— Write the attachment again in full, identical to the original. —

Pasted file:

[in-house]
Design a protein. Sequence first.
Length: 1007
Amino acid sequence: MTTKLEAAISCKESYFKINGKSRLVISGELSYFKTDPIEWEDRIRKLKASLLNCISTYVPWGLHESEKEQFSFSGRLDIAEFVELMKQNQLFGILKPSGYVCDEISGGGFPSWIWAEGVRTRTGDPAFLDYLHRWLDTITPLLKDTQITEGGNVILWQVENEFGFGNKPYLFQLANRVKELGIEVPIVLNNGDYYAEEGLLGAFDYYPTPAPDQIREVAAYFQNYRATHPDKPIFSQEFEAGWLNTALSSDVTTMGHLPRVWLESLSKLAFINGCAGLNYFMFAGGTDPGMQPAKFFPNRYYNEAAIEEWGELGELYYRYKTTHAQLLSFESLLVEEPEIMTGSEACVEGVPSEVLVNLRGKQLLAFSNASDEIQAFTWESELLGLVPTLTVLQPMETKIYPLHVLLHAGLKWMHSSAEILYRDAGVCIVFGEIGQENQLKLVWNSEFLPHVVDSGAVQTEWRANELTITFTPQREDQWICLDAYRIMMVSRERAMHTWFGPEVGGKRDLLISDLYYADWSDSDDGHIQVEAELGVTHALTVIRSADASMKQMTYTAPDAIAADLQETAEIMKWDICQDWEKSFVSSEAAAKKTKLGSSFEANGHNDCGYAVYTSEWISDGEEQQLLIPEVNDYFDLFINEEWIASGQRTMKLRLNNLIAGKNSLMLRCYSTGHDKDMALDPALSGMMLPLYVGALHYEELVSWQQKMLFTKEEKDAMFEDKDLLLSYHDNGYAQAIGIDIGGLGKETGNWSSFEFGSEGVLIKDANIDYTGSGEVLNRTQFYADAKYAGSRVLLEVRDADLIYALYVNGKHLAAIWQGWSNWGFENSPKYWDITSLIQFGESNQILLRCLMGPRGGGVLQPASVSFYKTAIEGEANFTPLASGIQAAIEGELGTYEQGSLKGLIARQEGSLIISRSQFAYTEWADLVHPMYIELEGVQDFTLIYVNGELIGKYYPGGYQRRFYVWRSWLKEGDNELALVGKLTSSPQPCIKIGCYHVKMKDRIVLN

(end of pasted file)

[in-house]
Design a protein. Sequence first.
Length: 1007
Amino acid sequence: MTTKLEAAISCKESYFKINGKSRLVISGELSYFKTDPIEWEDRIRKLKASLLNCISTYVPWGLHESEKEQFSFSGRLDIAEFVELMKQNQLFGILKPSGYVCDEISGGGFPSWIWAEGVRTRTGDPAFLDYLHRWLDTITPLLKDTQITEGGNVILWQVENEFGFGNKPYLFQLANRVKELGIEVPIVLNNGDYYAEEGLLGAFDYYPTPAPDQIREVAAYFQNYRATHPDKPIFSQEFEAGWLNTALSSDVTTMGHLPRVWLESLSKLAFINGCAGLNYFMFAGGTDPGMQPAKFFPNRYYNEAAIEEWGELGELYYRYKTTHAQLLSFESLLVEEPEIMTGSEACVEGVPSEVLVNLRGKQLLAFSNASDEIQAFTWESELLGLVPTLTVLQPMETKIYPLHVLLHAGLKWMHSSAEILYRDAGVCIVFGEIGQENQLKLVWNSEFLPHVVDSGAVQTEWRANELTITFTPQREDQWICLDAYRIMMVSRERAMHTWFGPEVGGKRDLLISDLYYADWSDSDDGHIQVEAELGVTHALTVIRSADASMKQMTYTAPDAIAADLQETAEIMKWDICQDWEKSFVSSEAAAKKTKLGSSFEANGHNDCGYAVYTSEWISDGEEQQLLIPEVNDYFDLFINEEWIASGQRTMKLRLNNLIAGKNSLMLRCYSTGHDKDMALDPALSGMMLPLYVGALHYEELVSWQQKMLFTKEEKDAMFEDKDLLLSYHDNGYAQAIGIDIGGLGKETGNWSSFEFGSEGVLIKDANIDYTGSGEVLNRTQFYADAKYAGSRVLLEVRDADLIYALYVNGKHLAAIWQGWSNWGFENSPKYWDITSLIQFGESNQILLRCLMGPRGGGVLQPASVSFYKTAIEGEANFTPLASGIQAAIEGELGTYEQGSLKGLIARQEGSLIISRSQFAYTEWADLVHPMYIELEGVQDFTLIYVNGELIGKYYPGGYQRRFYVWRSWLKEGDNELALVGKLTSSPQPCIKIGCYHVKMKDRIVLN